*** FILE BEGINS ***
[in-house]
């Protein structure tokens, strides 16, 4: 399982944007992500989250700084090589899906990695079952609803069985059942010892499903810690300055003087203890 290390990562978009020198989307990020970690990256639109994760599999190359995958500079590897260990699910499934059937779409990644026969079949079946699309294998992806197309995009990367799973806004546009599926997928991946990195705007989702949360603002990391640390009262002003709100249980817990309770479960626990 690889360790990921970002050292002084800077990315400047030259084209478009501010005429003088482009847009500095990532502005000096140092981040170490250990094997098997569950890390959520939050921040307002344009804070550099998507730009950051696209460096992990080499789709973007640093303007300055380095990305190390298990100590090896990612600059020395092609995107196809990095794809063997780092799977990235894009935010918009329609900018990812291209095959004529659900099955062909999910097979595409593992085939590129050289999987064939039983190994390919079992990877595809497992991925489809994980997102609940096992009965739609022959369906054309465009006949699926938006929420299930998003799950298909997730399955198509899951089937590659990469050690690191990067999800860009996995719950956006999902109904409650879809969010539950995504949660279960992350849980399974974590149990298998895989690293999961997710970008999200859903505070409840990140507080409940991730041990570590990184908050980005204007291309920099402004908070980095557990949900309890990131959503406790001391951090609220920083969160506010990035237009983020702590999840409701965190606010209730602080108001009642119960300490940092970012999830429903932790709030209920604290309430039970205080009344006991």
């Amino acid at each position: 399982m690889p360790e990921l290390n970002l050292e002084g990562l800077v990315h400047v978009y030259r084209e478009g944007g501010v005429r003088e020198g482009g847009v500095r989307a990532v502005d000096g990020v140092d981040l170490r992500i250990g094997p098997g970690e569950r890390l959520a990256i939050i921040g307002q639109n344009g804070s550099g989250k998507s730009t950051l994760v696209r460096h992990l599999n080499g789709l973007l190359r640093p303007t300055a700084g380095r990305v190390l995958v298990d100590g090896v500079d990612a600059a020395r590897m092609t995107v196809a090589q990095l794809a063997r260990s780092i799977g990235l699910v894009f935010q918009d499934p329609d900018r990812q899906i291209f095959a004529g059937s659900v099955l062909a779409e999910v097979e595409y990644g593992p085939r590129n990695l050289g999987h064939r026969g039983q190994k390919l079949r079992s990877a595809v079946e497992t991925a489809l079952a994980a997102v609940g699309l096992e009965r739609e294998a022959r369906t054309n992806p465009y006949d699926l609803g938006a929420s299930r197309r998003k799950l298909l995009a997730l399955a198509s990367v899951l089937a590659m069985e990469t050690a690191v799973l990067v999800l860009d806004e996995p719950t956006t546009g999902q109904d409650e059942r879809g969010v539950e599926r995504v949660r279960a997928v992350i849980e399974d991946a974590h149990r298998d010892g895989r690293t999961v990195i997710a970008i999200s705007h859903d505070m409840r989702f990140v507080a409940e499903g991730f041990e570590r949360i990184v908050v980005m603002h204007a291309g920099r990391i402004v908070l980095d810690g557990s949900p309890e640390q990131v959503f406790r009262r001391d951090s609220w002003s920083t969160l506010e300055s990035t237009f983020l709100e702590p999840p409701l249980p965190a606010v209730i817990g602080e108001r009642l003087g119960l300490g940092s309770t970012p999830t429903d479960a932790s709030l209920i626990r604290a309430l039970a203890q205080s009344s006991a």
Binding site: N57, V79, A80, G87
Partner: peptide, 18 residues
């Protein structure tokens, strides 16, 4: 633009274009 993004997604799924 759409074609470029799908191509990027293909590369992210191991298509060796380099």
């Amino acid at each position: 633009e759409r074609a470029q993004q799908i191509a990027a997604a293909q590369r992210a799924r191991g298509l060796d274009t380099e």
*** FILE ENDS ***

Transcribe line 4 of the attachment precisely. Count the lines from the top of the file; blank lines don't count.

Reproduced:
Binding site: N57, V79, A80, G87